The last step in the mortgage process where documents are signed and the process is wrapped up.

The costs a buyer pays during the mortgage process, including attorney fees, recording fees, and any other costs related to mortgage closing.

A mortgage model used when a home is built rather than bought. Money is advanced directly to the builder based on the schedule of construction and is converted to a standard mortgage upon completion of the home.

A Mortgage that is not insured or guaranteed by the federal government.

A record of a borrower’s repayment of debts.

A record of a person’s payments and loans from a number of sources, including banks, credit card companies, collection agencies, and governments.

A number assigned to a person based on their credit history that indicates their capacity to repay a loan to lenders.

The ratio between monthly payments, including a new mortgage, and the monthly income of a potential borrower. This figure is calculated into a percentage and the higher the percentage, the riskier the loan for the lender.

A large initial payment that a buyer puts down on their new home. Most mortgages require a down payment ranging from three percent to twenty percent of the total home value.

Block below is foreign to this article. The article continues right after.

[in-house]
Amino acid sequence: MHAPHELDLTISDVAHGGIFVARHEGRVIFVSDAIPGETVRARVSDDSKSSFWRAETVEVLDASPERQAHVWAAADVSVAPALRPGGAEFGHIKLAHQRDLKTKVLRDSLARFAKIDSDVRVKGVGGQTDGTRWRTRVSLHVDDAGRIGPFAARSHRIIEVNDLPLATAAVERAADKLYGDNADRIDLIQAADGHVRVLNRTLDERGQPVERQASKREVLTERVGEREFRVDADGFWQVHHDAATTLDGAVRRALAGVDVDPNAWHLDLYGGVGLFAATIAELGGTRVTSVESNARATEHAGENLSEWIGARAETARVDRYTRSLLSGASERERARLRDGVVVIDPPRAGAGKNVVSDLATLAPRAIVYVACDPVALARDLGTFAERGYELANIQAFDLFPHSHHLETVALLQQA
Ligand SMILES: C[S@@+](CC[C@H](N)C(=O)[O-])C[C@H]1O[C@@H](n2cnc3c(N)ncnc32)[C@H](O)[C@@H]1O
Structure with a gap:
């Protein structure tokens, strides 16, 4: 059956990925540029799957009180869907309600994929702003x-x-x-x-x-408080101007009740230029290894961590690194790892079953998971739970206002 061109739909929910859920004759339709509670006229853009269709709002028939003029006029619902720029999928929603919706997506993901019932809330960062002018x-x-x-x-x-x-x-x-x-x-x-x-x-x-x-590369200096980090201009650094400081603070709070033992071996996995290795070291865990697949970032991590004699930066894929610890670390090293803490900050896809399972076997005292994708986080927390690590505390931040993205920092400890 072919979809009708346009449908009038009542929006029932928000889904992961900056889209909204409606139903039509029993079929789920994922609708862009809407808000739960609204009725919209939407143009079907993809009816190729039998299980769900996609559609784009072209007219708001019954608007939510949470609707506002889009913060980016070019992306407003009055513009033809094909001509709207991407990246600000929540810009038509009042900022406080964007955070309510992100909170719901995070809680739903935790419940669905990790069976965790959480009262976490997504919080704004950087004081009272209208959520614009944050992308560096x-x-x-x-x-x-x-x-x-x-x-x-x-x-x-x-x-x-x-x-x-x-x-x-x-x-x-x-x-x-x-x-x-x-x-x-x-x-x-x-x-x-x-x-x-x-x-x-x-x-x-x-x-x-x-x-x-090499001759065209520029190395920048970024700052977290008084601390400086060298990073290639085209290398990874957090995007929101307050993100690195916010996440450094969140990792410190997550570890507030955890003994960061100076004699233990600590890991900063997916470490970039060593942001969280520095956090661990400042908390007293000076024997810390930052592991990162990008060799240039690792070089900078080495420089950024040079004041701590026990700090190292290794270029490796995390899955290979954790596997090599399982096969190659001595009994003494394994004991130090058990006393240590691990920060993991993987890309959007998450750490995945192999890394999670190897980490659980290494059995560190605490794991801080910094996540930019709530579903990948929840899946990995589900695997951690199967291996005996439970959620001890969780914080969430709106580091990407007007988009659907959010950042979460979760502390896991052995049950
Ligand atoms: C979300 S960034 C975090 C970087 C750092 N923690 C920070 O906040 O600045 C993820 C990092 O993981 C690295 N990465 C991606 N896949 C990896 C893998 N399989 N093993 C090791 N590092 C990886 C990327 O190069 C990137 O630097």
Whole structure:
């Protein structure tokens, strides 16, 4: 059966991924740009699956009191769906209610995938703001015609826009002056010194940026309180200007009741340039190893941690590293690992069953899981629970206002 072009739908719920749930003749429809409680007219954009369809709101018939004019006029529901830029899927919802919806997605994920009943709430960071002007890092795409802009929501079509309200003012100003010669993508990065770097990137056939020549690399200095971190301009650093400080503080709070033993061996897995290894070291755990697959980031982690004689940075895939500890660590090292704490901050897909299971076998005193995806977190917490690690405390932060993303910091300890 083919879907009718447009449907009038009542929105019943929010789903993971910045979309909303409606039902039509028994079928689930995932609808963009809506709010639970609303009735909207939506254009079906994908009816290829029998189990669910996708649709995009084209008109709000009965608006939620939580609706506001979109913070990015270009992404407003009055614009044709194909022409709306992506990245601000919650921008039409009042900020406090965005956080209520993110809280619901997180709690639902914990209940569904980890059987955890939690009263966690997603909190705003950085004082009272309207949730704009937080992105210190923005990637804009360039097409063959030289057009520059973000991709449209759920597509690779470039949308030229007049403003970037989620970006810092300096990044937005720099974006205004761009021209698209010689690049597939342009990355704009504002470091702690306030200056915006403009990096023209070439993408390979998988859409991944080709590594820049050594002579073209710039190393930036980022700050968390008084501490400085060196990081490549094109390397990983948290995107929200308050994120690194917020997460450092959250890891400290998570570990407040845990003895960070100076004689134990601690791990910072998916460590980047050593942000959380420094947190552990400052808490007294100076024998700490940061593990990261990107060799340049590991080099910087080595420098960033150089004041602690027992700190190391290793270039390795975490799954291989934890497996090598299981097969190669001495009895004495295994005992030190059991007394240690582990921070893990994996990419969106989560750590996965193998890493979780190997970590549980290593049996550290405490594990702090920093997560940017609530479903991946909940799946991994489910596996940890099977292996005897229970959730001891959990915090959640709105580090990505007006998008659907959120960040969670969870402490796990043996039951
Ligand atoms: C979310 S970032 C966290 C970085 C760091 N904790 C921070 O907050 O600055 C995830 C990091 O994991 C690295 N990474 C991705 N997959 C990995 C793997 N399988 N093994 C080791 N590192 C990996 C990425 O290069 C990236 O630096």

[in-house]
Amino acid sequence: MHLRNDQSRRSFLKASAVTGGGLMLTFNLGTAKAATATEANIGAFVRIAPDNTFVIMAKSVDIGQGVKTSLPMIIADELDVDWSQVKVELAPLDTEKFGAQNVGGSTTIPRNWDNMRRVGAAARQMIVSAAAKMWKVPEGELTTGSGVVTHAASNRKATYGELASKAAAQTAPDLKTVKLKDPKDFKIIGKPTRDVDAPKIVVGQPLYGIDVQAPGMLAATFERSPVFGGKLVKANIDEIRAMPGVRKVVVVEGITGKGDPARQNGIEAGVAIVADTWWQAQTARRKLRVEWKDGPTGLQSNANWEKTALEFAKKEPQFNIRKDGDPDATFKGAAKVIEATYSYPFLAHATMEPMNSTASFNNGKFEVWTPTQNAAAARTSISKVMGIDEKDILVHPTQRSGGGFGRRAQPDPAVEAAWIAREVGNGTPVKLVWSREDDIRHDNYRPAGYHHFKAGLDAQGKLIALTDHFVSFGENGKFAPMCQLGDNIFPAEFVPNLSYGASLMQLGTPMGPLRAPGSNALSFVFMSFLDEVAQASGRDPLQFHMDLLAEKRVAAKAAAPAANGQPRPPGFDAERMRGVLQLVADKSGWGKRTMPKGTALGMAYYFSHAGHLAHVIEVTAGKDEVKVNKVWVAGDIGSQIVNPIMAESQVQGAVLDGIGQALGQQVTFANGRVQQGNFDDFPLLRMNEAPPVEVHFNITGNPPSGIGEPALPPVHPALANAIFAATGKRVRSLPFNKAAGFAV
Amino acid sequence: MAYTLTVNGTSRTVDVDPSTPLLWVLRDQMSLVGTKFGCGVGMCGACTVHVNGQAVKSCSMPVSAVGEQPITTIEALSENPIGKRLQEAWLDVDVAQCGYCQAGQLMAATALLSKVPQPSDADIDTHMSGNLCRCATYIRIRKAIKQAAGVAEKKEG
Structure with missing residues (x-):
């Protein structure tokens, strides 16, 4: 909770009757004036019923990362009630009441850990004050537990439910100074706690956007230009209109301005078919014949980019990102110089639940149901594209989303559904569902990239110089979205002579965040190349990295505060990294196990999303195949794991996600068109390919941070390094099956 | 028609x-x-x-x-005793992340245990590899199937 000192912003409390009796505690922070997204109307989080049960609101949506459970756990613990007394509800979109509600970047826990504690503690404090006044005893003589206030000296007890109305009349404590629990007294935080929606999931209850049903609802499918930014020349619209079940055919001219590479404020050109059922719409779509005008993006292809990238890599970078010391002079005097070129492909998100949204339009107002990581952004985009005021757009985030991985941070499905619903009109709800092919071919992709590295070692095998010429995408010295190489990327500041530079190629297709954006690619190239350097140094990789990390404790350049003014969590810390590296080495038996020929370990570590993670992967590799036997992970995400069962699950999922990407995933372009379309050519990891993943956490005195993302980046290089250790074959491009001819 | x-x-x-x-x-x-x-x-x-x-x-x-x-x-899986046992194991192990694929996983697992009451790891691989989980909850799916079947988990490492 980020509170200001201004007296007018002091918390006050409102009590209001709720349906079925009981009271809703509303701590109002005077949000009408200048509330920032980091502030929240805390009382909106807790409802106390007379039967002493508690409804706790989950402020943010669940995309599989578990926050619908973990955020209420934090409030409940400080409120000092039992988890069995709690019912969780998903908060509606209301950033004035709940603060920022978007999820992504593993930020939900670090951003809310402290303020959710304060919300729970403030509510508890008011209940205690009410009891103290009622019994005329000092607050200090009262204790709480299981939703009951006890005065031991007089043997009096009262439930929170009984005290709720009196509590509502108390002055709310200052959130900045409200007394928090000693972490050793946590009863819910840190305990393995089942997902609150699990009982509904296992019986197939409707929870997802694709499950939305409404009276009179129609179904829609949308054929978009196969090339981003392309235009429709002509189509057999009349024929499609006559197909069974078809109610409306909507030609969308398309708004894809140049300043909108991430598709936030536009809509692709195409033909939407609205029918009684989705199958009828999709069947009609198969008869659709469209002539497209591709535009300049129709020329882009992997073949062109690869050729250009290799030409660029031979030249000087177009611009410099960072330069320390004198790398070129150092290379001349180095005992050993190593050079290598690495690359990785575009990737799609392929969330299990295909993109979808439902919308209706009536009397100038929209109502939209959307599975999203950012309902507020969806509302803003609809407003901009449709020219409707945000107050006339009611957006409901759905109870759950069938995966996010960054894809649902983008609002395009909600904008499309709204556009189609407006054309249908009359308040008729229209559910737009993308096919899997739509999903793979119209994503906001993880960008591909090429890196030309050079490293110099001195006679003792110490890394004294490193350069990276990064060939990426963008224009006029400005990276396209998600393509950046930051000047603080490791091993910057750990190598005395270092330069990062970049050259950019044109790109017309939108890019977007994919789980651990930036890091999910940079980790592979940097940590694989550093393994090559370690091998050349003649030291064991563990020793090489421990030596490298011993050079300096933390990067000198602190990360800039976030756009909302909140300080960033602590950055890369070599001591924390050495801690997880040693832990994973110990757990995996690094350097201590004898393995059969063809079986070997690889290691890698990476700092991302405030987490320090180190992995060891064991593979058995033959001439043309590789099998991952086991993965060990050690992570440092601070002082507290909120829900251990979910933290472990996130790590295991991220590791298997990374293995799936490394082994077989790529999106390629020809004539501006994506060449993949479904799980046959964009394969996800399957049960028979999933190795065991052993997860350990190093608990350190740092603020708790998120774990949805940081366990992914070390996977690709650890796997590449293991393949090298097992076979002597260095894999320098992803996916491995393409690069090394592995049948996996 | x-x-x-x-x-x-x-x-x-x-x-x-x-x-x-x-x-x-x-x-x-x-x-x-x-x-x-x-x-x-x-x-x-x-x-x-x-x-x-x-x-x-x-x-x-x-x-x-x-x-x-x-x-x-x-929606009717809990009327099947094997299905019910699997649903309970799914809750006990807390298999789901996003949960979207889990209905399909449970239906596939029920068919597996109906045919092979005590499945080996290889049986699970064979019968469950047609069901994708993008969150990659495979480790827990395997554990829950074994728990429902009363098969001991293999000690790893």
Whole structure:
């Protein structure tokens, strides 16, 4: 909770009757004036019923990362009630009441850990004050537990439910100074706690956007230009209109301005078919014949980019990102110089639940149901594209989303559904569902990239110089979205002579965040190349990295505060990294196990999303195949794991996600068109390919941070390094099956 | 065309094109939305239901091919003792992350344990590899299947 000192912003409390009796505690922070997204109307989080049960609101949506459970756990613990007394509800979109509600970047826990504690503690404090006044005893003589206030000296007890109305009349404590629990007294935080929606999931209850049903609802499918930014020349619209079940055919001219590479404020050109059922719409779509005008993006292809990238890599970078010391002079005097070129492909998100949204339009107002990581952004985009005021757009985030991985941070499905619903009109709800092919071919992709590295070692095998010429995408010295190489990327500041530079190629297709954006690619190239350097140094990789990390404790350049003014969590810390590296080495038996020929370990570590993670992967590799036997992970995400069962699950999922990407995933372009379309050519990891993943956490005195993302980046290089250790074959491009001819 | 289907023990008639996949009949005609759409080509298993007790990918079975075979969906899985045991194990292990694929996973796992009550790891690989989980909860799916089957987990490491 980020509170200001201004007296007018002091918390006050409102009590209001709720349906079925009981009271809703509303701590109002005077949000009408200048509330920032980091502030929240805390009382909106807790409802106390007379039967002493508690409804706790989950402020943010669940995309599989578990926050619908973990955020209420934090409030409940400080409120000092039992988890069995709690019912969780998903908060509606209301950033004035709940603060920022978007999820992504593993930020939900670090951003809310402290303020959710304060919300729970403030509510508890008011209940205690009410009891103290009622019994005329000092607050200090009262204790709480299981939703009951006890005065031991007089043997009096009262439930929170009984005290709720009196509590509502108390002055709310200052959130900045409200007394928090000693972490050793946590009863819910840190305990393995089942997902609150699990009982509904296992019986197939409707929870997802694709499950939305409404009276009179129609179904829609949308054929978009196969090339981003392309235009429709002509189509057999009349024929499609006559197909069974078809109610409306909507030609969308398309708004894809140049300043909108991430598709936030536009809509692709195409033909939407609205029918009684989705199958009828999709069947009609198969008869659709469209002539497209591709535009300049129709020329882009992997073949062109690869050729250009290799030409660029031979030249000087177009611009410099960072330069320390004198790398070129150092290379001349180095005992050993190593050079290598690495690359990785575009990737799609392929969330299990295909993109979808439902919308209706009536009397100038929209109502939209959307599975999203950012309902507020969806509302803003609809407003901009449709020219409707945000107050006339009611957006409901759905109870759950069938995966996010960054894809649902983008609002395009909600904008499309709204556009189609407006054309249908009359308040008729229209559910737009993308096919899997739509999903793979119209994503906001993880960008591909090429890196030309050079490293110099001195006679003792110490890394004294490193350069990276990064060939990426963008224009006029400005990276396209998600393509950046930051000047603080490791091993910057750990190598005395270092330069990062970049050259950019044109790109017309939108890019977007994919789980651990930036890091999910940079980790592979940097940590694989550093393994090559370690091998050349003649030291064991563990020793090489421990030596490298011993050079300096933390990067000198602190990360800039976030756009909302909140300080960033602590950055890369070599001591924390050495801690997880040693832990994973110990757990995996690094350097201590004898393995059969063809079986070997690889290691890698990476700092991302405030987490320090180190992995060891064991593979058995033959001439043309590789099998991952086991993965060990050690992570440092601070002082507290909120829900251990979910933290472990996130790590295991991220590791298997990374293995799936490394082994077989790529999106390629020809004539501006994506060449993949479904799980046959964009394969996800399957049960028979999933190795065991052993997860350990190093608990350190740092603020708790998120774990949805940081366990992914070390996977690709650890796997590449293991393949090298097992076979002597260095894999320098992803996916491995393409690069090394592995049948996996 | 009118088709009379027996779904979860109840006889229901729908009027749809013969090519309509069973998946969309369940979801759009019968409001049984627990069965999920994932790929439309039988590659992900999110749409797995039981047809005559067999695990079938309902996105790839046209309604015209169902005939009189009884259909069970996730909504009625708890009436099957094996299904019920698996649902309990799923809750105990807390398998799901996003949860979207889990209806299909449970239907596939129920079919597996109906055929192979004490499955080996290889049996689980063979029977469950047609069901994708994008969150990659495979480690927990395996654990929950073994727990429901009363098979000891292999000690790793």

The difference between the amount owed on a mortgage and the current value of a home. If you owe $100,000 on your mortgage loan and your home is worth $300,000, you have $200,000 of equity in your home.

At the closing of the mortgage, the borrowers are generally required to set aside a percentage of the yearly taxes to be held by the lender. On a monthly basis, the lender will also collect additional money to be used to pay the taxes on the home. This escrow account is maintained by the lender who is responsible for sending the tax bills on a regular basis.

A mortgage where the interest rate and term of a loan have been negotiated and set for the life of the loan.

When a bank or lender re-possess a home or property when the borrower has not been repaying the loan.

An estimate of the closing costs given by the lender. While not an exact amount, it gives buyers a general idea of what to expect.